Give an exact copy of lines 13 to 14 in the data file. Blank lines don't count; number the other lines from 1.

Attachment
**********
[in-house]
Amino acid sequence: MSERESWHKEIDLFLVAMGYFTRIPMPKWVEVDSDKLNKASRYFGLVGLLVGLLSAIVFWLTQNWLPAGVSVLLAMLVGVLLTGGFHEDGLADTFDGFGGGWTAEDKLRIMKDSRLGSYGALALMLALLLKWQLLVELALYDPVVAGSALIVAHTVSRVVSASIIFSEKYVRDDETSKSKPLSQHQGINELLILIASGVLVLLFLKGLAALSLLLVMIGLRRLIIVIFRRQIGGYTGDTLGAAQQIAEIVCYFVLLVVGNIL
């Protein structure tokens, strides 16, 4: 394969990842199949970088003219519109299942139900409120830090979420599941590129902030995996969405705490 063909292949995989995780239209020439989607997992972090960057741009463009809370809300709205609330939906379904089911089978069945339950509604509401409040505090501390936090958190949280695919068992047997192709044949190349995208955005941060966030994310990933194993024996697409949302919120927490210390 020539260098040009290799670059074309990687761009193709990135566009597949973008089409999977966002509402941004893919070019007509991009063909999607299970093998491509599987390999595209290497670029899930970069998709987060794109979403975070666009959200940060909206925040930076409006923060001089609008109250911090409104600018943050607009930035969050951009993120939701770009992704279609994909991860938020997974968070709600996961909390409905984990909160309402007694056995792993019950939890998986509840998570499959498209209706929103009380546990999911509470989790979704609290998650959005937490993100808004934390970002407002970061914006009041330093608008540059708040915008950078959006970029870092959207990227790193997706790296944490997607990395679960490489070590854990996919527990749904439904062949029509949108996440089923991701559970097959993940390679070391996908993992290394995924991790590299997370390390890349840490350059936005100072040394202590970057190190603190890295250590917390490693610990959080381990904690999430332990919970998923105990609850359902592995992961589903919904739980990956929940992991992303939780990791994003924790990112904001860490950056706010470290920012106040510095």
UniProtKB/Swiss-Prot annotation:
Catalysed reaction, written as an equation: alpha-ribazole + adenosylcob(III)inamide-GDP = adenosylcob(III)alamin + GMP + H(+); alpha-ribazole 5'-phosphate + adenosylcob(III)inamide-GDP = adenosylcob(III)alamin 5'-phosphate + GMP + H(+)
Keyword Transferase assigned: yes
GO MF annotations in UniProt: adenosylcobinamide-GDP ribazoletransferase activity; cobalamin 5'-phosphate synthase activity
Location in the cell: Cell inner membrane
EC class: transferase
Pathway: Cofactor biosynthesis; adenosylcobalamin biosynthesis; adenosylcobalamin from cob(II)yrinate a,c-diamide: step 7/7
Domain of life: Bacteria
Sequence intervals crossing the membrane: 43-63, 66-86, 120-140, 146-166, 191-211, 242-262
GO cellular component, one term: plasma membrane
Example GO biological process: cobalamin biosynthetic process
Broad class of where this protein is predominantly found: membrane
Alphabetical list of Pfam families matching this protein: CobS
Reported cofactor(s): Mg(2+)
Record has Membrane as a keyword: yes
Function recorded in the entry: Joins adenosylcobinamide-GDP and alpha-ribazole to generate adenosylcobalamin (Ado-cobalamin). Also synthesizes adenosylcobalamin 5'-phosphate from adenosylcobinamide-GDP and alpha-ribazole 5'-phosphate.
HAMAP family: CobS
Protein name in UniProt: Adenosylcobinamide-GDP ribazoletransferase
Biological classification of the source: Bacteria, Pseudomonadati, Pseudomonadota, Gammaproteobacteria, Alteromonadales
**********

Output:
GO cellular component, one term: plasma membrane
Example GO biological process: cobalamin biosynthetic process